It's estimated that there are about 80 million Ash Trees in the UK equating to 13% of our Broad leaved woodland. In Denmark Ash Dieback was responsible for the loss of 90% of Ash trees, if that happened here we would lose around 72million trees having a dramatic effect on our woodland and hedgerows.
To date we are not aware of any infected trees in the Scarborough area but we do need to be vigilant.
Unfortunately Ash Dieback isn't the only threat. Phytophtora Ranorum (try saying that after a couple of pints) attacks Larch. The Oak Processinary mothwas discovered in London in 2006 and the Horse Chestnut leaf miner,which attacks the horse chestnut, has been in the UK since 2002.
Acute Oak Decline can kill a tree in as little as 4 years and the Asian longhorn Beetle which originates from China was found recently in Kent, posing a threat to a wide range of broadleaves.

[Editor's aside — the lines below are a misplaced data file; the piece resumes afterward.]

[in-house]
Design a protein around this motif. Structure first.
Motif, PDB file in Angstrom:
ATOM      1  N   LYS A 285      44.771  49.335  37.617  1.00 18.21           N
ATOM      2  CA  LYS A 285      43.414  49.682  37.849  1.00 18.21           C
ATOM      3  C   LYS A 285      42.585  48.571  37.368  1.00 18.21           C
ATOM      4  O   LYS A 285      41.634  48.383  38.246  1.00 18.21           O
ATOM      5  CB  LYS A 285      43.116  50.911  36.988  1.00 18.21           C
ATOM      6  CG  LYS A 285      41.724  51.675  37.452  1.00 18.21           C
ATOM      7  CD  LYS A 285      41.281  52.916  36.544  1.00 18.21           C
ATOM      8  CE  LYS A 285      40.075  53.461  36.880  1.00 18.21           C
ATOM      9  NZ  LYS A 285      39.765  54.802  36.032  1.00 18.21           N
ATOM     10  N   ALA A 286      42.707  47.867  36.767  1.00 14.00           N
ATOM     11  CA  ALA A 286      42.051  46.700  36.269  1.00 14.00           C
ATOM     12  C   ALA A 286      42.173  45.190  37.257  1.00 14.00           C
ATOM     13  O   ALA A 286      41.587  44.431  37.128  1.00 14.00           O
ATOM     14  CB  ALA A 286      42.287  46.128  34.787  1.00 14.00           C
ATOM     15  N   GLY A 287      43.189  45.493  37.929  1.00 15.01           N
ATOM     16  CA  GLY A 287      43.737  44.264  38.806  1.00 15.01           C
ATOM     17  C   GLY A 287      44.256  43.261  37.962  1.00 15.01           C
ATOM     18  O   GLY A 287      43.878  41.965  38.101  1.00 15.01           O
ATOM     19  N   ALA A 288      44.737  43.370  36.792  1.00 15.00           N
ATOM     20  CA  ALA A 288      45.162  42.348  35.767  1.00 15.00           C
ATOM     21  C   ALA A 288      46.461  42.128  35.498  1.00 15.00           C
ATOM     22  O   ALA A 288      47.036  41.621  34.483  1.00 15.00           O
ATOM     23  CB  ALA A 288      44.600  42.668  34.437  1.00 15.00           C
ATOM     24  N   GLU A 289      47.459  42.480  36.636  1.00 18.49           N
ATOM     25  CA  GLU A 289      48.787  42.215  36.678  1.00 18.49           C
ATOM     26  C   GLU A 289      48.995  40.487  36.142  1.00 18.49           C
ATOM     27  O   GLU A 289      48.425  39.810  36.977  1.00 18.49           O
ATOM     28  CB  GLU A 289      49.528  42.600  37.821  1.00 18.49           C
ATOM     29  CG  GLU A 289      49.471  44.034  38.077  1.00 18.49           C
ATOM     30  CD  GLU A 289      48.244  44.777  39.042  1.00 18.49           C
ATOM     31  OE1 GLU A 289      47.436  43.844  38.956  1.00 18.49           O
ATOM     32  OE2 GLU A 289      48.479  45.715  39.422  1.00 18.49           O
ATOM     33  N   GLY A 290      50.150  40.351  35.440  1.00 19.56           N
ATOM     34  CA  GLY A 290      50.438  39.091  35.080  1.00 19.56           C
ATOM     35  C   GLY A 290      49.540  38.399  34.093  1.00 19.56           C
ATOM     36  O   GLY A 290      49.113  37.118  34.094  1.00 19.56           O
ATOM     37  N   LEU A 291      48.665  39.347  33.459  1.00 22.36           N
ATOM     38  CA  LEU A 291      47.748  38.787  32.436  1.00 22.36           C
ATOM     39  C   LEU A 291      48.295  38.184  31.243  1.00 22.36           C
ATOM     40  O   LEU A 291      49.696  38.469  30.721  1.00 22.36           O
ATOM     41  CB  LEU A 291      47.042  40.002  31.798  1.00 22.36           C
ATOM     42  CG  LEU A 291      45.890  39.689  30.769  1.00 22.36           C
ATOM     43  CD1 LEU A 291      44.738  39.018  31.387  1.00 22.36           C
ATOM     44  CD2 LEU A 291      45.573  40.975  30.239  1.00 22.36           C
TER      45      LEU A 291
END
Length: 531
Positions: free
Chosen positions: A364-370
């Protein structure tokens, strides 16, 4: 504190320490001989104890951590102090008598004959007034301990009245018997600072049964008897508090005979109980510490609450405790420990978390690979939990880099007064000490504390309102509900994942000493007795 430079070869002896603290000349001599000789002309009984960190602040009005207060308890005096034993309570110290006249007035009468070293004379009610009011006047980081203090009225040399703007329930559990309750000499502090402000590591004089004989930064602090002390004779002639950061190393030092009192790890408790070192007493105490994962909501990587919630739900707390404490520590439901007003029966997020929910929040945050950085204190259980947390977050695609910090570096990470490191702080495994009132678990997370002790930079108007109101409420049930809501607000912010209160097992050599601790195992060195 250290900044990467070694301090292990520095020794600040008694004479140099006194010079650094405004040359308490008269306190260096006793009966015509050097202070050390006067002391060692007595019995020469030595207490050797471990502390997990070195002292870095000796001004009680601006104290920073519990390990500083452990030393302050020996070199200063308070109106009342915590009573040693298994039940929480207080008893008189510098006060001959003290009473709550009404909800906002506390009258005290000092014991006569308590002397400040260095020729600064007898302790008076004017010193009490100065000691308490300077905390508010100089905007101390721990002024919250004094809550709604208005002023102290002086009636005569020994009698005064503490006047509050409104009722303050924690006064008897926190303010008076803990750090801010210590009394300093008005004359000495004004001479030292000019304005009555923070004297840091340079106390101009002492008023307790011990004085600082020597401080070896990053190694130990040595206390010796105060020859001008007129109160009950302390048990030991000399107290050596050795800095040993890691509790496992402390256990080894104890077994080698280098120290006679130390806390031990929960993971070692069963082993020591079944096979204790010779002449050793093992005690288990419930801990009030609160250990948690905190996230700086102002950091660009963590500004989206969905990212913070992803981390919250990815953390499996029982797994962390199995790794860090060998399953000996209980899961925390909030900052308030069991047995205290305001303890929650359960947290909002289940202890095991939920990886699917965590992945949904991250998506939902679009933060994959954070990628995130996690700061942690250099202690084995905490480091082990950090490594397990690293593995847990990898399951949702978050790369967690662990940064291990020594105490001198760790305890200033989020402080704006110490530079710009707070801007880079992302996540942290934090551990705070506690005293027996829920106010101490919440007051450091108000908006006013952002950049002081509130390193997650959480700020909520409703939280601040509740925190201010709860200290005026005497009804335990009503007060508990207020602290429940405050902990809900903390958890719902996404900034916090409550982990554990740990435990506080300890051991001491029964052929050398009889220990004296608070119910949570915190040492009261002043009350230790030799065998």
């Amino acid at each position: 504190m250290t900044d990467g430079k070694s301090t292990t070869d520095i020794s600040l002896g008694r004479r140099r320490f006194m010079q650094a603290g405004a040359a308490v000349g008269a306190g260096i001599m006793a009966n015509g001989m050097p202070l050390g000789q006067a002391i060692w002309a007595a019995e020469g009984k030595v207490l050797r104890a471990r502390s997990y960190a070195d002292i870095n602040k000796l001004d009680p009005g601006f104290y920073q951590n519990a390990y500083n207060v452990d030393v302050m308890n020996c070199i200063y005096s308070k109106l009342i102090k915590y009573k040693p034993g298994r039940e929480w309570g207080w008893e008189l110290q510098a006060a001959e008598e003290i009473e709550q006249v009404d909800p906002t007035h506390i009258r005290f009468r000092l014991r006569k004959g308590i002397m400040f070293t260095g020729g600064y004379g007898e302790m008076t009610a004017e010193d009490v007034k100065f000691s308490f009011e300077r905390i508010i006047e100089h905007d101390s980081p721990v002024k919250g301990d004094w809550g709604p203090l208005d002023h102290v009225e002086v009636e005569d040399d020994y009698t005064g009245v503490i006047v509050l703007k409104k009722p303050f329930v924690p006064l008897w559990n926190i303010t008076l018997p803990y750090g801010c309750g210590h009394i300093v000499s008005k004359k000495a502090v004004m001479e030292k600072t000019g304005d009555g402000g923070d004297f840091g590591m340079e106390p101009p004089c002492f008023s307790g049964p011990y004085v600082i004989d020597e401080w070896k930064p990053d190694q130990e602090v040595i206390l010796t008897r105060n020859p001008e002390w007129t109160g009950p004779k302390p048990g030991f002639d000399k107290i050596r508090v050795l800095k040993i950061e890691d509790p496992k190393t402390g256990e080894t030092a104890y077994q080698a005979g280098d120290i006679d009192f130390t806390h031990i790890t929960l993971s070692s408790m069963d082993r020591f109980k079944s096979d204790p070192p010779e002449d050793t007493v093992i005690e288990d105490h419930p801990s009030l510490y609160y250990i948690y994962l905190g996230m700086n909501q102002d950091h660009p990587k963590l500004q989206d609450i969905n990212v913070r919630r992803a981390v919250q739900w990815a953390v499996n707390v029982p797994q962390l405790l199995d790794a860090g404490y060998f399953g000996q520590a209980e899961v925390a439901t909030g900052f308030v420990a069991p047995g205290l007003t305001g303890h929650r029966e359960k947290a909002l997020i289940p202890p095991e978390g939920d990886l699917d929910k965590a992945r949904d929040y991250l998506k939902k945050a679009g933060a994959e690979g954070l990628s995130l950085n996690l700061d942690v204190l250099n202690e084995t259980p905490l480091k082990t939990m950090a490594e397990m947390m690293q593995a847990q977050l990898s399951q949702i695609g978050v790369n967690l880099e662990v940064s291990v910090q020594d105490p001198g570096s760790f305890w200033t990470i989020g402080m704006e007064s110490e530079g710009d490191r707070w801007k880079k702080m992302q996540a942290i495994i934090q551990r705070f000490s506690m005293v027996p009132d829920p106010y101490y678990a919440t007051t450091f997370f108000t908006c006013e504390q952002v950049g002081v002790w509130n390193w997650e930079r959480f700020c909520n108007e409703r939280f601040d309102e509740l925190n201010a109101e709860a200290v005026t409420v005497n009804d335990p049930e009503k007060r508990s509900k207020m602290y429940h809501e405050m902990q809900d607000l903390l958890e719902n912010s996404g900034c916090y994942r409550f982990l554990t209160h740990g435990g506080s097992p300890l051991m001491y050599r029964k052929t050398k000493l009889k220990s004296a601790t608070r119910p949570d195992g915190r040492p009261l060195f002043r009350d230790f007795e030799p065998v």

Trees have, and always will, faced threats from disease and over the centuries they have developed immunity against many. But the world is a smaller place and our appetite for more exotic trees means that our 'native' trees do not have the luxury of time to build up defenses against imported diseases.
Tightening up border controls will help but will not keep disease out. Improving woodland ecosystems through good management practices and ensuring diversity in our woodland will not only improve flora and fauna but also help reduce the the impact of disease on our trees when it does come.
Raincliffe Woods has suffered from a lack of basic woodland management for many years, it's now time that good woodland management was reintroduced in Raincliffe Woods but without compromising the natural beauty and tranquility of the area.